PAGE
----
Religious Influence

I don’t think that having a Bible in the nightstand or table next to you is in any way any kind of influence. Placing a Bible from any religion in the nightstand drawer in your hospital or motel room is indeed a welcome sight. Instead of banning their placement, invite all religions to do the same. I am interested in all religious views but am not religious. I consider myself spiritual and in tune with the planet and all it has to offer as well as ALL universes and all they contain. Don’t take away any religious view from anyone who might be interested or need guidance from any text. If other religions don’t like the Christian Bible being there, they should place their own text the same as the guidians. I do not hold with the King James Bible but it is good to know some form of spiritual guidance is there. If the Koran or Torah or voodoo bible was there I might turn to it as well.
Don’t try to think for me. I am perfectly capable of figuring out what I want to believe in.

(name withheld)


Response from MRFF Advisory Board Member Joan Slish

Dear (name withheld),

We couldn’t agree with you more.

 

Many times we have told those in the military that if they wanted one religious book on display they must put the books of other religions there, also.

To elevate and promote the Christian God above all others is in violation of the Constitution (Establishment Clause), Reynolds v. U.S., Lemon v. Kurtzman, the Lemon Test, Parker v. Levy and AFI 1-1, Section 2.12. They would rather scream religious persecution than allow others to be recognized.

 

How a private, non-government hotel wants to handle the Gideon bibles being in their nightstands is of no consequence to us.

 

We are not telling you what to think or what to believe in because we support those who want to follow their own faith or no faith.

 

Our mission is to protect the religious freedom of all religions in the military without in-your-face, hateful, judgmental rhetoric.

 

We have more in common than you thought.

 

Joan Slish

MRFF Advisory Board Member


Response from MRFF Advisory Board Member Mike Farrell

Hi (name withheld),

I’m happy to hear you’re capable of figuring out your own belief system, but what you suggest as an alternative to Bibles in motels or hospital rooms would require a couple of bookcases in each, a problem of space at a minimum.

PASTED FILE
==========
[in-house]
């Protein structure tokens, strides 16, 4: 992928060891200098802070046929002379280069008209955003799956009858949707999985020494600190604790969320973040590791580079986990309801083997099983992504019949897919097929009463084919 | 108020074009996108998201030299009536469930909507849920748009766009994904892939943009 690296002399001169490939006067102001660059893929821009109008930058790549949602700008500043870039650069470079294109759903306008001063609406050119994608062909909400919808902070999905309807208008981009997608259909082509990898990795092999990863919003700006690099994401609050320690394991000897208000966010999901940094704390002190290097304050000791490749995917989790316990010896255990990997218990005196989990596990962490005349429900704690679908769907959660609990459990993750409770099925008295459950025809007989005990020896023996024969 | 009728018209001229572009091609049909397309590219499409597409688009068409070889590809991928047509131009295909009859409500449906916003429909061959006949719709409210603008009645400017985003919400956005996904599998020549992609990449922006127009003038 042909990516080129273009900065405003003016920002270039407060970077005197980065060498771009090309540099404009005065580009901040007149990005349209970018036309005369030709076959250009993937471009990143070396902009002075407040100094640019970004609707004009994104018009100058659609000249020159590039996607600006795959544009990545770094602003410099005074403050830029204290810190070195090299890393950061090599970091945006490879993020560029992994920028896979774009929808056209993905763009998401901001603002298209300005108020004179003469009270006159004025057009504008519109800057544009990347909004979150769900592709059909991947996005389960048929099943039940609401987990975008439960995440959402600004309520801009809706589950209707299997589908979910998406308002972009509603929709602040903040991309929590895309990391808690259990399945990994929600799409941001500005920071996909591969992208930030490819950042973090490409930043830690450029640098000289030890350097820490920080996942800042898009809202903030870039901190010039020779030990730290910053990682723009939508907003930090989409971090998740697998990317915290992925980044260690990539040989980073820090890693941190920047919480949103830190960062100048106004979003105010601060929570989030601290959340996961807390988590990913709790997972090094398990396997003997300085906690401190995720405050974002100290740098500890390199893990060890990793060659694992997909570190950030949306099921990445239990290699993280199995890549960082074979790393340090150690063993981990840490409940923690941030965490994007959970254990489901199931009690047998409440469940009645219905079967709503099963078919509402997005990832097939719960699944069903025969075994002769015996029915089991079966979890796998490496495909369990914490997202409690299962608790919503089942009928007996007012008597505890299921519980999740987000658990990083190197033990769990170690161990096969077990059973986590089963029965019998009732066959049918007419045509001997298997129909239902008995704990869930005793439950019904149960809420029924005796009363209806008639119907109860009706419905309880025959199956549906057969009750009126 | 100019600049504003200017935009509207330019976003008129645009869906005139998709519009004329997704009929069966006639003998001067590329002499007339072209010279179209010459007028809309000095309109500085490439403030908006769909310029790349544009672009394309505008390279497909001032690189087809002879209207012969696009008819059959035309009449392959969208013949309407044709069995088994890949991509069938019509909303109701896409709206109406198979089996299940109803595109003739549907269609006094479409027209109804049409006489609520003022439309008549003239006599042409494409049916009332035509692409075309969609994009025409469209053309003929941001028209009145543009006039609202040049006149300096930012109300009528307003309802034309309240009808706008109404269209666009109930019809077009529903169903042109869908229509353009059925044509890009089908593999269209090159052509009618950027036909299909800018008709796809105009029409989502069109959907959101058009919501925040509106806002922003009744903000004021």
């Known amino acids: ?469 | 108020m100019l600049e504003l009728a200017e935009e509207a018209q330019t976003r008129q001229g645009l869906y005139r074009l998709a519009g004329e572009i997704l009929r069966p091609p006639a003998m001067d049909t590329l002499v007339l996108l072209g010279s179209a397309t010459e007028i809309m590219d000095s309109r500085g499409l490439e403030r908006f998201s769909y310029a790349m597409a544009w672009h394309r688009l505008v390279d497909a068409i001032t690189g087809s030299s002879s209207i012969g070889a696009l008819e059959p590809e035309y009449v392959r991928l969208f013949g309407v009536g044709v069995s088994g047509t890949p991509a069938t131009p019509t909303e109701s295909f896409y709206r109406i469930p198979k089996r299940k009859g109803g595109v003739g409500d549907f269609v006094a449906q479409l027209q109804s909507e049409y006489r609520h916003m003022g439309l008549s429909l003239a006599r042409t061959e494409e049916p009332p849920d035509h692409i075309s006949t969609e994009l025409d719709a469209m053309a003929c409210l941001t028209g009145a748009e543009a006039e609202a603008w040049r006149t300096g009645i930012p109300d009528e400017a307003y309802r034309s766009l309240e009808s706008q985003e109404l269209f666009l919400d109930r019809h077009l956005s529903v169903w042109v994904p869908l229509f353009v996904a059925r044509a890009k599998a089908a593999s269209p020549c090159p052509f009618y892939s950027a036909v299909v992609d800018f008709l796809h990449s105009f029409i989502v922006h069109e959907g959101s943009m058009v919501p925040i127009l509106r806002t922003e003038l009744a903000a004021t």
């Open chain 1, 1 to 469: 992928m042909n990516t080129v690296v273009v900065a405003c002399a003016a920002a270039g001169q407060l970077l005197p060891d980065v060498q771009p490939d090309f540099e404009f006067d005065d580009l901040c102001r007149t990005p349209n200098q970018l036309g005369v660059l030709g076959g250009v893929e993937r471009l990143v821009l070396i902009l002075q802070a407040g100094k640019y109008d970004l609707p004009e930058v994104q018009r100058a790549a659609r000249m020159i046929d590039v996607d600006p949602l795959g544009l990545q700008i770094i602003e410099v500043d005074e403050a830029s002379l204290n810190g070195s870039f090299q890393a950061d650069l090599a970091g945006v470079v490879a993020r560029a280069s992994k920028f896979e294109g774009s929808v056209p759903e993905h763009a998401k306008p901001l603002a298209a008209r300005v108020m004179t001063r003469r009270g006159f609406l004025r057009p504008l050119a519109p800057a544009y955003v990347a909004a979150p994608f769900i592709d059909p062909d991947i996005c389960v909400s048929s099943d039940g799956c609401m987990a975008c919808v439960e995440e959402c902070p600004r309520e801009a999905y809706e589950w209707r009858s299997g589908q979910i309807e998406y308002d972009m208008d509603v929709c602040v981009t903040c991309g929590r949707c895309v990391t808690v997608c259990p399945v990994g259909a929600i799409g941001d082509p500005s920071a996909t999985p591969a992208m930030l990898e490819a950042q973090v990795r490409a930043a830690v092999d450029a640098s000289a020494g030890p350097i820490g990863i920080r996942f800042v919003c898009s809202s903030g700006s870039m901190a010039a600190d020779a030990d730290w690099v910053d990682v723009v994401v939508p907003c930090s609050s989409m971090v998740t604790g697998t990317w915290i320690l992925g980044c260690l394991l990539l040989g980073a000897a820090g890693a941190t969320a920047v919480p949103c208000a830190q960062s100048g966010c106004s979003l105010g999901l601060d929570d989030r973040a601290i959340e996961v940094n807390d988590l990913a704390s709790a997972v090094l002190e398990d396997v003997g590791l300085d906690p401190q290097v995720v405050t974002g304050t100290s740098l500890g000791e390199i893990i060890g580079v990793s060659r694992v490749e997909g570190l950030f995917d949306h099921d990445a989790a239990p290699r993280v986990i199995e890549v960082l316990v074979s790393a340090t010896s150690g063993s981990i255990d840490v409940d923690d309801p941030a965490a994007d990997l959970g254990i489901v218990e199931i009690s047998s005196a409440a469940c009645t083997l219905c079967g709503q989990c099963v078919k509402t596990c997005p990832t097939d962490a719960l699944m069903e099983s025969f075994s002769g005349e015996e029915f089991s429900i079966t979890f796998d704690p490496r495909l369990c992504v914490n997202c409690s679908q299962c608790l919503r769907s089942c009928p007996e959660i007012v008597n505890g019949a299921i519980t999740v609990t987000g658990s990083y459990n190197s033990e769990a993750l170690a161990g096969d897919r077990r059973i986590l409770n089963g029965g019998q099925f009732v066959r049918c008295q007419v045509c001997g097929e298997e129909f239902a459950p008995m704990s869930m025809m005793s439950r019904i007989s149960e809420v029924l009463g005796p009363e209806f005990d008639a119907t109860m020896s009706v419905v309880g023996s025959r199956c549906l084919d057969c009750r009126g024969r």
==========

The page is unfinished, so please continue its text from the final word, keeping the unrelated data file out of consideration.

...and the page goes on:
Aside from that, which is an issue for hospital managers and motel owners to deal with, you miss the point of our position. In fact, you seem to miss our position entirely. The MRFF is dedicated to the protection of the religious freedom of the women and men in the military. Given the constitutionally-based separation of church and state, government entities, of which the military is one, may not promote one religion or religious or non-religious belief system over another. That being so, in military installations, including hospitals, V.A. facilities, etc., there should be no placement of religious artifacts that, by definition, promote one belief system over others.

If an individual chooses to bring her or his personal religious book or other object, that’s fine, but the institution should not put itself in the position, nor should it allow itself to be put in the position, of promoting, promulgating or proselytizing one belief system.

I trust you understand.

Best,

Mike Farrell

(MRFF Board of Advisors)


 I am sorry you missed the intent of my email. The main point I should have spelled out is that when I lay dying on a stretcher in terrible pain from metal shards, hot and very deafeningly loud when they come at you, I was grateful to have something that made me feel confident and relieved not far from my side because there were too many soldiers in my condition or worse for any person to come to me themselves. That book (I don’t even remember what it was but it was spiritual) made me feel safe. That cross on the wall (And I do not like crosses much at all) meant there was an afterlife to someone and at that point in time I really needed to believe that.